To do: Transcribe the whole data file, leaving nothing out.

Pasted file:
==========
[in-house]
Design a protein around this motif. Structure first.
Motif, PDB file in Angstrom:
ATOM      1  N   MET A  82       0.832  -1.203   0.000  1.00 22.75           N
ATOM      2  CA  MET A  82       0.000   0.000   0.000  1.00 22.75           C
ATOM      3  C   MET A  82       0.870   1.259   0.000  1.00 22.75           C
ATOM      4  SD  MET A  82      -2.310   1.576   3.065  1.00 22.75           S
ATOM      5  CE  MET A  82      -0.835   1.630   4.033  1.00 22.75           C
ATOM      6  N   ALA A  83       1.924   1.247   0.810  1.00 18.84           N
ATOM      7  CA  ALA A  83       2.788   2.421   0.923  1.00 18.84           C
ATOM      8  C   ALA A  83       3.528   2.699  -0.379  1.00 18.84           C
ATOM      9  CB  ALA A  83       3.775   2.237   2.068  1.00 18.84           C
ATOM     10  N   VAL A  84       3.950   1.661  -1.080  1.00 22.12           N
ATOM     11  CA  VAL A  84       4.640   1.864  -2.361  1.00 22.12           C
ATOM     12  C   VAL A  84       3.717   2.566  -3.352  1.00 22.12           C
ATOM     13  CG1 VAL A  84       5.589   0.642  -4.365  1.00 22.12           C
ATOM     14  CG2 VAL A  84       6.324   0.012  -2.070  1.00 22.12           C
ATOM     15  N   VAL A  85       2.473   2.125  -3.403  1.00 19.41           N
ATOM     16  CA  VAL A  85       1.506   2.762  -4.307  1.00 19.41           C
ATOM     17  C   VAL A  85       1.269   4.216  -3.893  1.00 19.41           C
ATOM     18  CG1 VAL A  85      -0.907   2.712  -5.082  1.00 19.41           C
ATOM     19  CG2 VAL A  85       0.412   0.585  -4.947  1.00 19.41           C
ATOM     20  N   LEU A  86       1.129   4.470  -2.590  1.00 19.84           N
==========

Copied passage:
[in-house]
Design a protein around this motif. Structure first.
Motif, PDB file in Angstrom:
ATOM      1  N   MET A  82       0.832  -1.203   0.000  1.00 22.75           N
ATOM      2  CA  MET A  82       0.000   0.000   0.000  1.00 22.75           C
ATOM      3  C   MET A  82       0.870   1.259   0.000  1.00 22.75           C
ATOM      4  SD  MET A  82      -2.310   1.576   3.065  1.00 22.75           S
ATOM      5  CE  MET A  82      -0.835   1.630   4.033  1.00 22.75           C
ATOM      6  N   ALA A  83       1.924   1.247   0.810  1.00 18.84           N
ATOM      7  CA  ALA A  83       2.788   2.421   0.923  1.00 18.84           C
ATOM      8  C   ALA A  83       3.528   2.699  -0.379  1.00 18.84           C
ATOM      9  CB  ALA A  83       3.775   2.237   2.068  1.00 18.84           C
ATOM     10  N   VAL A  84       3.950   1.661  -1.080  1.00 22.12           N
ATOM     11  CA  VAL A  84       4.640   1.864  -2.361  1.00 22.12           C
ATOM     12  C   VAL A  84       3.717   2.566  -3.352  1.00 22.12           C
ATOM     13  CG1 VAL A  84       5.589   0.642  -4.365  1.00 22.12           C
ATOM     14  CG2 VAL A  84       6.324   0.012  -2.070  1.00 22.12           C
ATOM     15  N   VAL A  85       2.473   2.125  -3.403  1.00 19.41           N
ATOM     16  CA  VAL A  85       1.506   2.762  -4.307  1.00 19.41           C
ATOM     17  C   VAL A  85       1.269   4.216  -3.893  1.00 19.41           C
ATOM     18  CG1 VAL A  85      -0.907   2.712  -5.082  1.00 19.41           C
ATOM     19  CG2 VAL A  85       0.412   0.585  -4.947  1.00 19.41           C
ATOM     20  N   LEU A  86       1.129   4.470  -2.590  1.00 19.84           N